Strike supporters are are blamed for South Memphis trash fires.


March 7, 1968

City Council votes against checkoff proposal.


March 9, 1968

The National Guard starts holding riot drills.

national guard starts drills

March 11, 1968

High school students cut classes to march with black ministers. Two students are arrested.

students march with ministers

March 13, 1968

Nine demonstrators are arrested for harassing downtown shoppers and are arrested.

demonstrators arrested

March 14, 1968

The head of the national NAACP tells a meeting of 10,000 people that the group support is strong, peaceful protests. Six people are arrested for blocking the entrance to the sanitation plant.

naacp meets with crowd

March 16, 1968

Loeb says the entire city should should vote on the dues checkoff questions in August. Union disagrees.


March 18, 1968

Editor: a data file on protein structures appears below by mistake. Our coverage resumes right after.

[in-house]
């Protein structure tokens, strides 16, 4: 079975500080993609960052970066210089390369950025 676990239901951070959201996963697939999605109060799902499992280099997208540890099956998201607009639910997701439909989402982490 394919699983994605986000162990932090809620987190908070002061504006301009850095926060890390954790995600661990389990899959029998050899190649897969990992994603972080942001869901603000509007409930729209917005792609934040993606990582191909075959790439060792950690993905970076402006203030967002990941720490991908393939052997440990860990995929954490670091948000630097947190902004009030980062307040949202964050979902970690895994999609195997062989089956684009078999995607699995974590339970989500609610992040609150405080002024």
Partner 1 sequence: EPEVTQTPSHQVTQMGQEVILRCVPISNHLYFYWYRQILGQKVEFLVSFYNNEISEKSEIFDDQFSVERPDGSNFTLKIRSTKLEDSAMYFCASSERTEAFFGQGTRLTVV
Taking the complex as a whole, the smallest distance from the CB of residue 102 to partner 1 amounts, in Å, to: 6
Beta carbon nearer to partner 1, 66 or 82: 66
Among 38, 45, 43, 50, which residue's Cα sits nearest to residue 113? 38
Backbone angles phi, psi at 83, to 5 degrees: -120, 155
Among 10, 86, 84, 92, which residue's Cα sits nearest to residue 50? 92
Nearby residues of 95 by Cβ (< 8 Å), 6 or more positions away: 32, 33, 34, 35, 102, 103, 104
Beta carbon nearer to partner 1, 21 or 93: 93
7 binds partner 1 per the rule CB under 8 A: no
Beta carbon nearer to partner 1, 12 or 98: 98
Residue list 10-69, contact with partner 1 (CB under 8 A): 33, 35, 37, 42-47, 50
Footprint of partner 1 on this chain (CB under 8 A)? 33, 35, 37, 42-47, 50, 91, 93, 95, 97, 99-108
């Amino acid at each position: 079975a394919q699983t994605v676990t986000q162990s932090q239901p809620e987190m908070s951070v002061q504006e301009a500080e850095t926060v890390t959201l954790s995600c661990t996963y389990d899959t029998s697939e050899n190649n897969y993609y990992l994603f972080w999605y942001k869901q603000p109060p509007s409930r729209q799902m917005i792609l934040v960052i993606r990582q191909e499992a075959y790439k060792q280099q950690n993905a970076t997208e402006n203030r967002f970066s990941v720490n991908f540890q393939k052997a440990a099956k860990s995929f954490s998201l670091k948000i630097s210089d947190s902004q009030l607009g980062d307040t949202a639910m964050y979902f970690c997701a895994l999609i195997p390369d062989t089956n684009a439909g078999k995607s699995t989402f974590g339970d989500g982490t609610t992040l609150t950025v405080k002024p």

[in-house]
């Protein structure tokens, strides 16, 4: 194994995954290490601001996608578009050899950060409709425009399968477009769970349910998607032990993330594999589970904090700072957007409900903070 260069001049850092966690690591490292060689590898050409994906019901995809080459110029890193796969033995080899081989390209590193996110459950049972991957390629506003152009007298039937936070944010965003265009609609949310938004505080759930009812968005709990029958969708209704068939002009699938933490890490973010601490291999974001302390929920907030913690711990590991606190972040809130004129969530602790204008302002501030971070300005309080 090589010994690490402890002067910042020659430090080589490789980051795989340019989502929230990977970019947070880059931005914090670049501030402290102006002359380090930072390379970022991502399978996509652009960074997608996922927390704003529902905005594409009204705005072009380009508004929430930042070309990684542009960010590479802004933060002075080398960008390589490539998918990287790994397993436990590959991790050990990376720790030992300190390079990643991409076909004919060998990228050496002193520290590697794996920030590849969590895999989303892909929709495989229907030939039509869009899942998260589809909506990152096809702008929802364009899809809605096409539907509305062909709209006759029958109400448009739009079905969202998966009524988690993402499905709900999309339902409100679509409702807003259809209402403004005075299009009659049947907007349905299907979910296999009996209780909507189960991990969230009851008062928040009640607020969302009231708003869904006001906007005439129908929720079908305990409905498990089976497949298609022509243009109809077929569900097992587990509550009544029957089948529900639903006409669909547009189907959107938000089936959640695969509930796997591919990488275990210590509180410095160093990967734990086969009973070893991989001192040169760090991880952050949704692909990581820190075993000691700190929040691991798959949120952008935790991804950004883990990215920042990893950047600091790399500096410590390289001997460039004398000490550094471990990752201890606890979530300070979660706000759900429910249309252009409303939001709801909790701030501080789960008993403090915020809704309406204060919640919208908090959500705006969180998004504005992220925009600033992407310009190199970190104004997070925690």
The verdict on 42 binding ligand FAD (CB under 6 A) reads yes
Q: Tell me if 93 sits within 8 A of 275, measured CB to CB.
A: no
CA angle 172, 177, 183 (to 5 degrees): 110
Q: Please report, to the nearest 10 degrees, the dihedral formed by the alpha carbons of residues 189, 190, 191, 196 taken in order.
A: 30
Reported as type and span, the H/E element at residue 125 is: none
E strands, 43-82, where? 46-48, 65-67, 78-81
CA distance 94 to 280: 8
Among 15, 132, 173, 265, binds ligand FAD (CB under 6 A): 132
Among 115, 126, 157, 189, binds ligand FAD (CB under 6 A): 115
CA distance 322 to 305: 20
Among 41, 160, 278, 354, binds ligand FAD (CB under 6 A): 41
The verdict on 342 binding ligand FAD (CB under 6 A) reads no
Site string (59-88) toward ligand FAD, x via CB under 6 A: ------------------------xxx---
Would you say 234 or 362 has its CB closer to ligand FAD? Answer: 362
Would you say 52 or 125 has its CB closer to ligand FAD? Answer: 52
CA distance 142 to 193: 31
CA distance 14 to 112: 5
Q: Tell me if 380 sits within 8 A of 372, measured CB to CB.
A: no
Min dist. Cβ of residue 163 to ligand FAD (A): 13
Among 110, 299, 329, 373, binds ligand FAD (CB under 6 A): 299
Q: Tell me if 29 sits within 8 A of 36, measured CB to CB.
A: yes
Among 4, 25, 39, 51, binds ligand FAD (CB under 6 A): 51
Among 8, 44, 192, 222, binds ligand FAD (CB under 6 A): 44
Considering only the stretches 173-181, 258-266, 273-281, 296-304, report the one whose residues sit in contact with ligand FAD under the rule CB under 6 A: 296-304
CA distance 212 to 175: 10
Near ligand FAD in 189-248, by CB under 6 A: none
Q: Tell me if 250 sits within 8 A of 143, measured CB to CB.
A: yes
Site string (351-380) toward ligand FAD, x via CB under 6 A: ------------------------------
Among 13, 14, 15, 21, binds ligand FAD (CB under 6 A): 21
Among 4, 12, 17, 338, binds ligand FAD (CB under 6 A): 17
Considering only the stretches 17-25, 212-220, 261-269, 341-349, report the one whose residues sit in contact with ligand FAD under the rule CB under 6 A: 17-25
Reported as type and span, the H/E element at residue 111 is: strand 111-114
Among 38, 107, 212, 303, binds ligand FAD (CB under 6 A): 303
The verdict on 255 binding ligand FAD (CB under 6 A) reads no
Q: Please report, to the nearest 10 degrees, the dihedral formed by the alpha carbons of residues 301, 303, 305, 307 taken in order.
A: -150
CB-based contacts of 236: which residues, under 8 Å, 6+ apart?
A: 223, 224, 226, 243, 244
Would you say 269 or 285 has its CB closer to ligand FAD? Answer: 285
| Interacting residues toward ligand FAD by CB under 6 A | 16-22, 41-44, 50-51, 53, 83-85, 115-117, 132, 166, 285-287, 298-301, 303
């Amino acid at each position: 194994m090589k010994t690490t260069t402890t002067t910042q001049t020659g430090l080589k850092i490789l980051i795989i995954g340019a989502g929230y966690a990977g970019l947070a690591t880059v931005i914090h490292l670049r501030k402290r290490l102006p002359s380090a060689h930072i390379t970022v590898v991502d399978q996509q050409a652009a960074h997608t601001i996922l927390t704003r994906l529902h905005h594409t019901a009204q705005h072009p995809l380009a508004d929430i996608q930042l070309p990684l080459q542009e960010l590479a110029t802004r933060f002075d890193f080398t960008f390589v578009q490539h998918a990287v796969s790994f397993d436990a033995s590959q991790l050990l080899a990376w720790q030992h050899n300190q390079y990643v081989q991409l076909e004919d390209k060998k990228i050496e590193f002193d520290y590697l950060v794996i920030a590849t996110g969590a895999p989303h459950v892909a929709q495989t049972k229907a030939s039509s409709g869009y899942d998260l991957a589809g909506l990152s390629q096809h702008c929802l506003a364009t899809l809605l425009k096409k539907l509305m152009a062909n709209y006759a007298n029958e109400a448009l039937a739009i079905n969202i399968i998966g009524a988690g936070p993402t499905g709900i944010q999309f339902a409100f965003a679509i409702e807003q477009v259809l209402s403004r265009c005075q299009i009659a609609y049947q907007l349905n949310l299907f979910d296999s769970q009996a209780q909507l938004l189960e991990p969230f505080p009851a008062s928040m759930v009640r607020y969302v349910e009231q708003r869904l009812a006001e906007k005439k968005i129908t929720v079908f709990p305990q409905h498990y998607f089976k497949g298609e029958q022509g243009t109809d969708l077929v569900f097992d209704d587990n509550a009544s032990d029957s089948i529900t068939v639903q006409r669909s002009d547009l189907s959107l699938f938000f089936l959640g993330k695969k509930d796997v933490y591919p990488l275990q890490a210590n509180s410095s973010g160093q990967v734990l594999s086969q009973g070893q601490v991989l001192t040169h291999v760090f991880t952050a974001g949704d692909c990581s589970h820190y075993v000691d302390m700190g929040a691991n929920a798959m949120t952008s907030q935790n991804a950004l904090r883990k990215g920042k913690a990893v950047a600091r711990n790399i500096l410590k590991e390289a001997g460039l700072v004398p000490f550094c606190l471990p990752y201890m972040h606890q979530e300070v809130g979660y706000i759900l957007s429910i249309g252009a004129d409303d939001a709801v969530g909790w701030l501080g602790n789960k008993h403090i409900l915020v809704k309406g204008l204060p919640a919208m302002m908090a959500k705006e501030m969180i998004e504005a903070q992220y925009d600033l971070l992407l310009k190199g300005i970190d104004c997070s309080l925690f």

Newspapers claim the strike is failing as 90 garbage trucks work. King calls for a city-wide March 22 in front of 22,000 people.


March 20, 1968

Loeb restates┬áhis opposition to the union’s demands.

mayor loeb disagrees

March 22, 1968

The march is canceled as a massive snowstorm blocks King’s return. City and union agree to mediation and meetings begin.


March 27, 1968

The mediation talks fall apart and the SCLC rallies in support of strikers.


March 28, 1968

Kings march is marred by violence. Police move into crowds with nightsticks, mace, teargas, and gunfire. State legislature authorized curfew and National Guardsmen move into the city.


March 29, 1968